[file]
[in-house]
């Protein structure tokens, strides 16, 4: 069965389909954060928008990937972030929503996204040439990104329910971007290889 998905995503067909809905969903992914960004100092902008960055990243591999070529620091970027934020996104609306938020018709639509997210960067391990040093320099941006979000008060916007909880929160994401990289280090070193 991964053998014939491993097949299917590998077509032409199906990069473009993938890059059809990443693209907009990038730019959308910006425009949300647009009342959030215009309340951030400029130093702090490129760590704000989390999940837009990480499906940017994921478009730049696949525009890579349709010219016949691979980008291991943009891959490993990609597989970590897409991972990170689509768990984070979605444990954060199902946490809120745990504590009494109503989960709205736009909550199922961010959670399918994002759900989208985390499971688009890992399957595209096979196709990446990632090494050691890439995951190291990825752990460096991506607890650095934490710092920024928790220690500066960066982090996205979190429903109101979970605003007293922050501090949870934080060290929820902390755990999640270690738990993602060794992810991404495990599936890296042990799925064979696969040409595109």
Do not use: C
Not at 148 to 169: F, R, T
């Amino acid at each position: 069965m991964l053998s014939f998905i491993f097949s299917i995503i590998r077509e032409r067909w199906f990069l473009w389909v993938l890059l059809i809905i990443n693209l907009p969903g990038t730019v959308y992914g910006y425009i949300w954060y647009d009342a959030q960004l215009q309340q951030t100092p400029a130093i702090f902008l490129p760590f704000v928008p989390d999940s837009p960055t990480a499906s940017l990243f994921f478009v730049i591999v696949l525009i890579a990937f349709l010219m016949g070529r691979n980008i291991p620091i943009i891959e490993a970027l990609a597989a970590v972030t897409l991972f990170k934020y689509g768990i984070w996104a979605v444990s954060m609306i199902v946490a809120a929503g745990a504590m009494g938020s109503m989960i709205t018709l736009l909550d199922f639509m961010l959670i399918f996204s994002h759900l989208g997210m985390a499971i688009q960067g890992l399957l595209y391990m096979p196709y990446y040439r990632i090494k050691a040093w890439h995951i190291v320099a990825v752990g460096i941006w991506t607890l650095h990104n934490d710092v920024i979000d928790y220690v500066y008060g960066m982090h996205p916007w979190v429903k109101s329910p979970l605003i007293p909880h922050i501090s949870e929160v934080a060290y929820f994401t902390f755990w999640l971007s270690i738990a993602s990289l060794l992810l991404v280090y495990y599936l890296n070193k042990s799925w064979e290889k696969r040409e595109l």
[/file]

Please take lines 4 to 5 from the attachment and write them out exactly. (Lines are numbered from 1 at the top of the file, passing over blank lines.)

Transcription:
Not at 148 to 169: F, R, T
């Amino acid at each position: 069965m991964l053998s014939f998905i491993f097949s299917i995503i590998r077509e032409r067909w199906f990069l473009w389909v993938l890059l059809i809905i990443n693209l907009p969903g990038t730019v959308y992914g910006y425009i949300w954060y647009d009342a959030q960004l215009q309340q951030t100092p400029a130093i702090f902008l490129p760590f704000v928008p989390d999940s837009p960055t990480a499906s940017l990243f994921f478009v730049i591999v696949l525009i890579a990937f349709l010219m016949g070529r691979n980008i291991p620091i943009i891959e490993a970027l990609a597989a970590v972030t897409l991972f990170k934020y689509g768990i984070w996104a979605v444990s954060m609306i199902v946490a809120a929503g745990a504590m009494g938020s109503m989960i709205t018709l736009l909550d199922f639509m961010l959670i399918f996204s994002h759900l989208g997210m985390a499971i688009q960067g890992l399957l595209y391990m096979p196709y990446y040439r990632i090494k050691a040093w890439h995951i190291v320099a990825v752990g460096i941006w991506t607890l650095h990104n934490d710092v920024i979000d928790y220690v500066y008060g960066m982090h996205p916007w979190v429903k109101s329910p979970l605003i007293p909880h922050i501090s949870e929160v934080a060290y929820f994401t902390f755990w999640l971007s270690i738990a993602s990289l060794l992810l991404v280090y495990y599936l890296n070193k042990s799925w064979e290889k696969r040409e595109l």